In a way, I feel bad for Vaughn, because he had the least room for success of all the actors. Perkins was simply perfect in Psycho; why Leigh got nominated for an Academy Award and he didn't is a mystery to me. Vaughn probably felt that he needed to do something different, so he made Norman more of an obvious nut. It doesn't work - end of story.
Ironically, the remake of Psycho boasts a much better cast than did the original. There are some terrific actors here, but they don't do very well in their roles. Again, it's simply the lack of cohesion that makes their performances suffer. Well, and they make some odd choices also. The wonderful Julianne Moore offers a strange turn on Marion's sister Lila. She turns her into some sort of macho, militant, man-hating Riot Grrrl who would look more at home in a remake of Terminator 2. Funnily, Heche claims during the commentary that she thinks almost no one other than lesbians noticed that Moore's Lila was supposed to be "one of them." Sure, Anne, whatever you say - we straight folk never could pick up on that! It couldn't be more obvious if she had a scarlet "L" stitched to her shirt. (Strangely, despite her surly demeanor, I found Moore to look much sexier than usual in this role. What does this say about me? Oh, let's not discuss that!)
Odd acting choice number 72: Viggo Mortensen's "aw shucks" cowboy act as Marion's love interest Sam. Why does he play Sam as a cowboy? You got me. The guy owns a hardware store - what's that have to do with being a cowboy? You got me. Granted, Mortensen didn't have to worry about sullying the role; original actor John Gavin was no Olivier, and his stiff portrayal of Sam didn't do much to bring the character to life. Still, at least the character made some sense; Mortensen's Sam just seems odd.
"Pointless" and "odd" - those are probably the two best phrases to use to describe Van Sant's remake of Psycho. It's clearly not watchable, and in a strange way, it's entertaining. But it's nothing more than a curiosity, and once you've had your fill of that, you won't have much use for the movie.
But at least it's a nice DVD! Universal have released Psycho as part of their fine "Collector's Edition" line, and while it's not as good as some - including their DVD of the original Psycho - it's still a pretty decent piece of work.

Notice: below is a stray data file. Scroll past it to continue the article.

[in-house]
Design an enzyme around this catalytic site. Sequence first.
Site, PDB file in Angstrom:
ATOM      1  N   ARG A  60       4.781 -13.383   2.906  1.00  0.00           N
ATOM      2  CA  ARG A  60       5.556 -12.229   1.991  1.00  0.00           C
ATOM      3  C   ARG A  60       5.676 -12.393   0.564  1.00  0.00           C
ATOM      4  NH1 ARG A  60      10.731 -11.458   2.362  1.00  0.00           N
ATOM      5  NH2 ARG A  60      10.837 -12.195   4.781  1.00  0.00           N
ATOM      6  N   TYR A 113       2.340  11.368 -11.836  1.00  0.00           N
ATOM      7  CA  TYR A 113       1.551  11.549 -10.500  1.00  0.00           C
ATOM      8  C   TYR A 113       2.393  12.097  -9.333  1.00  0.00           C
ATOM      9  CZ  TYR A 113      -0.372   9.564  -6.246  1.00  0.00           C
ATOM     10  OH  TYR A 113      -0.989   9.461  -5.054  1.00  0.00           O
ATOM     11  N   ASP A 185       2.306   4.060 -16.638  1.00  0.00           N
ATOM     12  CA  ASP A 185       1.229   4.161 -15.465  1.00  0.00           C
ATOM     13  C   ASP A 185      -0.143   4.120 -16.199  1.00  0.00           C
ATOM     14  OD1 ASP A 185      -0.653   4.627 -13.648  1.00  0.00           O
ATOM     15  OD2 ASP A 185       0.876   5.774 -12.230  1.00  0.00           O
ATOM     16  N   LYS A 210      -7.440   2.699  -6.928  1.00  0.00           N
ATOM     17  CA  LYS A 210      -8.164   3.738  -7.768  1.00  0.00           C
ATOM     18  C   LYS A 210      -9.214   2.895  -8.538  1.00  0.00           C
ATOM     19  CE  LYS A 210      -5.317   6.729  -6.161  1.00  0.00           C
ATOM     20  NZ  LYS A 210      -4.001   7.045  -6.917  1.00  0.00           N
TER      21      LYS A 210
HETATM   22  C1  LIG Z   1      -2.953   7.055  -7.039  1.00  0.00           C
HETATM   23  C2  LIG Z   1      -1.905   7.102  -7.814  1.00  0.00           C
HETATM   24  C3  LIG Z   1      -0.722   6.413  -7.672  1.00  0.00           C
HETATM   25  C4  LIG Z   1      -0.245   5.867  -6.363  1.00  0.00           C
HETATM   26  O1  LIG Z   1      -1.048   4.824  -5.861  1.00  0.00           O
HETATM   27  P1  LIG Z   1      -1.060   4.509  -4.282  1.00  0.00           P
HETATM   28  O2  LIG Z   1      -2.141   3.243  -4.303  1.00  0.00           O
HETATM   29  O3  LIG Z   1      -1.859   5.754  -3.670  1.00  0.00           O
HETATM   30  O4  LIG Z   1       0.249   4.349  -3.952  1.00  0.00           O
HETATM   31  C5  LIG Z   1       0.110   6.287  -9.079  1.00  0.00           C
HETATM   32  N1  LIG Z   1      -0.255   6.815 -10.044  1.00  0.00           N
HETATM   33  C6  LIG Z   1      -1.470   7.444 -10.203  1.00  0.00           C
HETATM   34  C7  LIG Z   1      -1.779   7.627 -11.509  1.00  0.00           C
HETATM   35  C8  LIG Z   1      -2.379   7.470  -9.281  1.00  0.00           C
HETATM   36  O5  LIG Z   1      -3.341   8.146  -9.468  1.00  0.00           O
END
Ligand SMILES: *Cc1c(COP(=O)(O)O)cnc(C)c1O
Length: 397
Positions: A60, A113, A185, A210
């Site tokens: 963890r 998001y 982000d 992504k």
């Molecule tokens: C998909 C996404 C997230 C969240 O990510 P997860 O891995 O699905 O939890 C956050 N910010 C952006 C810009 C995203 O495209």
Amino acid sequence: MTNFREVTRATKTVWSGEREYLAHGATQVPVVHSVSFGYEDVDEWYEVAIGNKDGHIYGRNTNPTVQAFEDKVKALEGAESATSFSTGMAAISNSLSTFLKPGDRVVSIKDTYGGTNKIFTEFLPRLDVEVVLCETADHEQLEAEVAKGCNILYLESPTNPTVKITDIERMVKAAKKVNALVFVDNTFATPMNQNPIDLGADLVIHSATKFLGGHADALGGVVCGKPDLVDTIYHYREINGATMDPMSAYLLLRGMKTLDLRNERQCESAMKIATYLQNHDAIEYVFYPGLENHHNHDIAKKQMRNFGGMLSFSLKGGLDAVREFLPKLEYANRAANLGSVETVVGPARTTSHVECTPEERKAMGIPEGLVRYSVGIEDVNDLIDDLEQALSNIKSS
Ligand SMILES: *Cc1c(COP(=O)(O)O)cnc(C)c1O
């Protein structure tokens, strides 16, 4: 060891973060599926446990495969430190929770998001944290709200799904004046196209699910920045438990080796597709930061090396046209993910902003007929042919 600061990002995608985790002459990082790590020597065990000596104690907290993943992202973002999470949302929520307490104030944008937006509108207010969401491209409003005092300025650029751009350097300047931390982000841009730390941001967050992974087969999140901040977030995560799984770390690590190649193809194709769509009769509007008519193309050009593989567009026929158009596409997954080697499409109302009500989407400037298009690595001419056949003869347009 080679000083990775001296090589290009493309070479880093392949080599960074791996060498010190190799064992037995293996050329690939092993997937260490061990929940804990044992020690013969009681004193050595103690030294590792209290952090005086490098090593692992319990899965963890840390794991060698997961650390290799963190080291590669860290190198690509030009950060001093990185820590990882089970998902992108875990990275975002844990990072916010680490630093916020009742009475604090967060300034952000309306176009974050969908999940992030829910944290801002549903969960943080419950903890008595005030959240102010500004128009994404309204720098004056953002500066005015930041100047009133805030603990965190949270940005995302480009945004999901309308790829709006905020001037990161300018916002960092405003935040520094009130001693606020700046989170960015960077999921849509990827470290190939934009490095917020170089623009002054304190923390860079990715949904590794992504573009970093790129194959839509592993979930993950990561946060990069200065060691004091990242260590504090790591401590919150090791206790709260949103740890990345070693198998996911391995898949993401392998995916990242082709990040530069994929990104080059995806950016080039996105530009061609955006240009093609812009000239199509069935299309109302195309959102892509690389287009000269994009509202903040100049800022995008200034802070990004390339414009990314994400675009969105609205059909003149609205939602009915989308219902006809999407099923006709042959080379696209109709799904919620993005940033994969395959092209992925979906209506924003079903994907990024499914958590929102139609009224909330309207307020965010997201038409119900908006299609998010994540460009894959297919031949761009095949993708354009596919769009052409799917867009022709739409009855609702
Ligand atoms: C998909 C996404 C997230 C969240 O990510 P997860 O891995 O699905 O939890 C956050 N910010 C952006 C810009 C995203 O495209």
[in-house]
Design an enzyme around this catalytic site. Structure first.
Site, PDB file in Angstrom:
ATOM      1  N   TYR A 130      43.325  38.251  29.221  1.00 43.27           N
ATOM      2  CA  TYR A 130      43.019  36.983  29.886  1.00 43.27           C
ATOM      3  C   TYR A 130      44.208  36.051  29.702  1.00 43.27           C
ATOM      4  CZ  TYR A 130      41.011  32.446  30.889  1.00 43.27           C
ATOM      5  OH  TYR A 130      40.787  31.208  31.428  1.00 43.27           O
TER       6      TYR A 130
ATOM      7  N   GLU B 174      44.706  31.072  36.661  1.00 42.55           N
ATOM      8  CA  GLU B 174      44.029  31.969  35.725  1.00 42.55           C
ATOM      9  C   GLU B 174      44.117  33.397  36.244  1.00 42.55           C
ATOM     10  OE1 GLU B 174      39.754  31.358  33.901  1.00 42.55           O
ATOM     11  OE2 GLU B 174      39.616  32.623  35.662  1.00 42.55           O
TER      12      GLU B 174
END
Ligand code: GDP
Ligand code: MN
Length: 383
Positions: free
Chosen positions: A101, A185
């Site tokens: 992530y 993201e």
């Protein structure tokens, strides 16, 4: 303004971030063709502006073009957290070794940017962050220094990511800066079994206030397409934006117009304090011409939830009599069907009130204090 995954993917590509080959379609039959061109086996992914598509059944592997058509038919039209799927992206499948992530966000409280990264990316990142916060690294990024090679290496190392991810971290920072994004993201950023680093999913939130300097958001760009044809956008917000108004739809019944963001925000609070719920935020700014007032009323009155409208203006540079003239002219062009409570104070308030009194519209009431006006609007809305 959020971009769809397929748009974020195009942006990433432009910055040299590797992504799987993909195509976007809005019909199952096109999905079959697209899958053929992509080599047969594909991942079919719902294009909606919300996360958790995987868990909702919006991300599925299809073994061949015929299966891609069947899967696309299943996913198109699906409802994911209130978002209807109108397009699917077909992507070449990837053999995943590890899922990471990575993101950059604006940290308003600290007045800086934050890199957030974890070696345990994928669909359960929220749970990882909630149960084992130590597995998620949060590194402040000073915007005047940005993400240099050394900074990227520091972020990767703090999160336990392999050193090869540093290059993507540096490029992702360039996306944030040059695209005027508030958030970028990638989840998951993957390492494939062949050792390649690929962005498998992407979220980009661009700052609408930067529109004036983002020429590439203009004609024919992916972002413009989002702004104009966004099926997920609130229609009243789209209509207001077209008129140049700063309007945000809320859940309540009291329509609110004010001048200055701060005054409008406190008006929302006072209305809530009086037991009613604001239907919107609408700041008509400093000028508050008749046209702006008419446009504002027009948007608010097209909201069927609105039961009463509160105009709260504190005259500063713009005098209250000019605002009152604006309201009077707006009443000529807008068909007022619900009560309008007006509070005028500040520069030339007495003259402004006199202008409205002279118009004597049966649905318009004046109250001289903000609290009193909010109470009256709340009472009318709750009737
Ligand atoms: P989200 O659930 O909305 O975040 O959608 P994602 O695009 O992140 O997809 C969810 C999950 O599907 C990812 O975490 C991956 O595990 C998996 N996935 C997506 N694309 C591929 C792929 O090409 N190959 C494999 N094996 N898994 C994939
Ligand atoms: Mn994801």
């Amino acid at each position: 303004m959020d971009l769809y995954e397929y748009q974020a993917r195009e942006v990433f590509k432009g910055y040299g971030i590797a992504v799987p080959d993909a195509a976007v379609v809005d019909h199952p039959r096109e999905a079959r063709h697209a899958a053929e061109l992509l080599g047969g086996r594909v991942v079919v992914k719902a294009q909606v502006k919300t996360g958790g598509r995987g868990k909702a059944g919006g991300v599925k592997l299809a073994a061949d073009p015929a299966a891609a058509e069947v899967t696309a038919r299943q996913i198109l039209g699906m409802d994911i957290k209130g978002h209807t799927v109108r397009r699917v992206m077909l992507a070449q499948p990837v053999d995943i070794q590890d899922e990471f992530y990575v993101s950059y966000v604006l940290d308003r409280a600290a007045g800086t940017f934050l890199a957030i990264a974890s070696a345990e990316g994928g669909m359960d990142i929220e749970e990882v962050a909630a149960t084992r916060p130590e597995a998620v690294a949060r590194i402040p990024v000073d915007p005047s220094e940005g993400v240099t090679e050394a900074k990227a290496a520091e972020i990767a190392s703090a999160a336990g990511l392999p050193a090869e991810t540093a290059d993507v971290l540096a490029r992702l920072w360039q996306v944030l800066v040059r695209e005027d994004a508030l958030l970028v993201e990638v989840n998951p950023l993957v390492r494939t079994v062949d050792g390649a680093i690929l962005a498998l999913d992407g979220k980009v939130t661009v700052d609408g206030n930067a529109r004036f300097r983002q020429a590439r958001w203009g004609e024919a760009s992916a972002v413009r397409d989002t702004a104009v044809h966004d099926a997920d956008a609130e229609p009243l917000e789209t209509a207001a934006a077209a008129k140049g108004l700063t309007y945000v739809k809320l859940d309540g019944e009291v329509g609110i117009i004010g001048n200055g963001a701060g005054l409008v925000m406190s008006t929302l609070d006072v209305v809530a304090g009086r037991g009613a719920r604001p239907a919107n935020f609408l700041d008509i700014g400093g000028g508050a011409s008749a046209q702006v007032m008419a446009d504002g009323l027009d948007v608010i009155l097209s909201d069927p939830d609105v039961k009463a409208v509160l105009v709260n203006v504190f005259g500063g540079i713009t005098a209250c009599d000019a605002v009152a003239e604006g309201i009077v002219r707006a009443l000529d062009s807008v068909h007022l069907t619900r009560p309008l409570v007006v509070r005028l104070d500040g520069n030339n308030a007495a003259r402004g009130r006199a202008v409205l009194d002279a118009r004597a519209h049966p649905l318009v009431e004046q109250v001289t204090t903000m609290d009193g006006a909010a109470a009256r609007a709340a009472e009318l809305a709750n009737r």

Psycho is presented in its original aspect ratio of 1.85:1 on this single-sided, double-layered DVD; the image has been enhanced for widescreen televisions. Overall it looks pretty good. The print utilized was very clean; no marks, scratches, spots or grain are noticeable. The focus seems sharp, although some digital "edginess" is visible at times; some images - especially early in the film - have a slight "halo" around them. Colors generally seem solid and accurate, although they tend toward a kind of pastel spectrum that occasionally gives the movie a strange "colorized" appearance. (The audio commentary mentions that they wanted the colors to be desaturated for the early parts of the film, and this may be the reason I noted the color peculiarities.) Black levels and shadow detail look excellent, however, and though it has some flaws, the picture looks quite good as a whole.
The Dolby Digital 5.1 sound mix for Psycho isn't very broad; the rear channels are used pretty infrequently (mainly for some filler effects such as rain and for some "voices in the head"). However, the audio does display consistently excellent quality; I think Psycho is one of the best sounding DVDs I've heard. Danny Elfman's adaptation of Bernard Herrmann's famous score comes across especially nicely and sounds very natural and "musical." Both effects and dialogue also appear quite crisp, clean and real. The front soundstage also offers some nicely spatialized audio, with good use of panning and well localized sounds. While the use of the surrounds is weak, the high quality of the audio and the nicely utilized front three channels compensate for that flaw pretty effectively.
Since this DVD of Psycho belongs to Universal's Collector's Edition line, I rightfully expected some nice supplements, and those provided are fairly interesting, though not always for the reasons intended. Foremost in that category is the audio commentary from director Van Sant and stars Vaughn and Heche. Many of these types of tracks tend to be rather self-congratulatory, but the commentary for Psycho seems excessively so. Of the three participants, Heche and Van Sant dominate, and while Van Sant seems fairly subdued. Heche spends an awful lot of time telling us how brilliant various aspects of the film were. Sorry, Anne, but they weren't. Also, despite your belief to the contrary, no one will view this version of Psycho as a classic in ten years.